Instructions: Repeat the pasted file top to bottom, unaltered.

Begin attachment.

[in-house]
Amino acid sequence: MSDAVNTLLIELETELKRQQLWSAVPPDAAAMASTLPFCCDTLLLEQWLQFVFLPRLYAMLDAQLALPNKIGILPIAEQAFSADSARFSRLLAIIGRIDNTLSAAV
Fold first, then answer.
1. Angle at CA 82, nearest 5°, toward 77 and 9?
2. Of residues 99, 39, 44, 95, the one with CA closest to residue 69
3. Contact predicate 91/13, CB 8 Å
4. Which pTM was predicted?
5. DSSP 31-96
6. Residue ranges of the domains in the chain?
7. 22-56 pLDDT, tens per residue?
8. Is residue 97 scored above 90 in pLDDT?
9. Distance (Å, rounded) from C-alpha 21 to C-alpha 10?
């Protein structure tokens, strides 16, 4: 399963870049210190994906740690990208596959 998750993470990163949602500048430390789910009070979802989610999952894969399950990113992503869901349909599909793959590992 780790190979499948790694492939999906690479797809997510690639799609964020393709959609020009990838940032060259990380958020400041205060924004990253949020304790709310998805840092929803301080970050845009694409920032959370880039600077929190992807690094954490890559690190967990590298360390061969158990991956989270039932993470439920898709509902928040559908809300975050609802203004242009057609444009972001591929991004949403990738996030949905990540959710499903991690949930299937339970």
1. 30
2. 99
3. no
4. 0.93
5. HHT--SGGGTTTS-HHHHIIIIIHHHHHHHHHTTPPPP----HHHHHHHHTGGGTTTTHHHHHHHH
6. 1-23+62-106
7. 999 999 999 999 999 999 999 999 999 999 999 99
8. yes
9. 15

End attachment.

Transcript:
[in-house]
Amino acid sequence: MSDAVNTLLIELETELKRQQLWSAVPPDAAAMASTLPFCCDTLLLEQWLQFVFLPRLYAMLDAQLALPNKIGILPIAEQAFSADSARFSRLLAIIGRIDNTLSAAV
Fold first, then answer.
1. Angle at CA 82, nearest 5°, toward 77 and 9?
2. Of residues 99, 39, 44, 95, the one with CA closest to residue 69
3. Contact predicate 91/13, CB 8 Å
4. Which pTM was predicted?
5. DSSP 31-96
6. Residue ranges of the domains in the chain?
7. 22-56 pLDDT, tens per residue?
8. Is residue 97 scored above 90 in pLDDT?
9. Distance (Å, rounded) from C-alpha 21 to C-alpha 10?
């Protein structure tokens, strides 16, 4: 399963870049210190994906740690990208596959 998750993470990163949602500048430390789910009070979802989610999952894969399950990113992503869901349909599909793959590992 780790190979499948790694492939999906690479797809997510690639799609964020393709959609020009990838940032060259990380958020400041205060924004990253949020304790709310998805840092929803301080970050845009694409920032959370880039600077929190992807690094954490890559690190967990590298360390061969158990991956989270039932993470439920898709509902928040559908809300975050609802203004242009057609444009972001591929991004949403990738996030949905990540959710499903991690949930299937339970």
1. 30
2. 99
3. no
4. 0.93
5. HHT--SGGGTTTS-HHHHIIIIIHHHHHHHHHTTPPPP----HHHHHHHHTGGGTTTTHHHHHHHH
6. 1-23+62-106
7. 999 999 999 999 999 999 999 999 999 999 999 99
8. yes
9. 15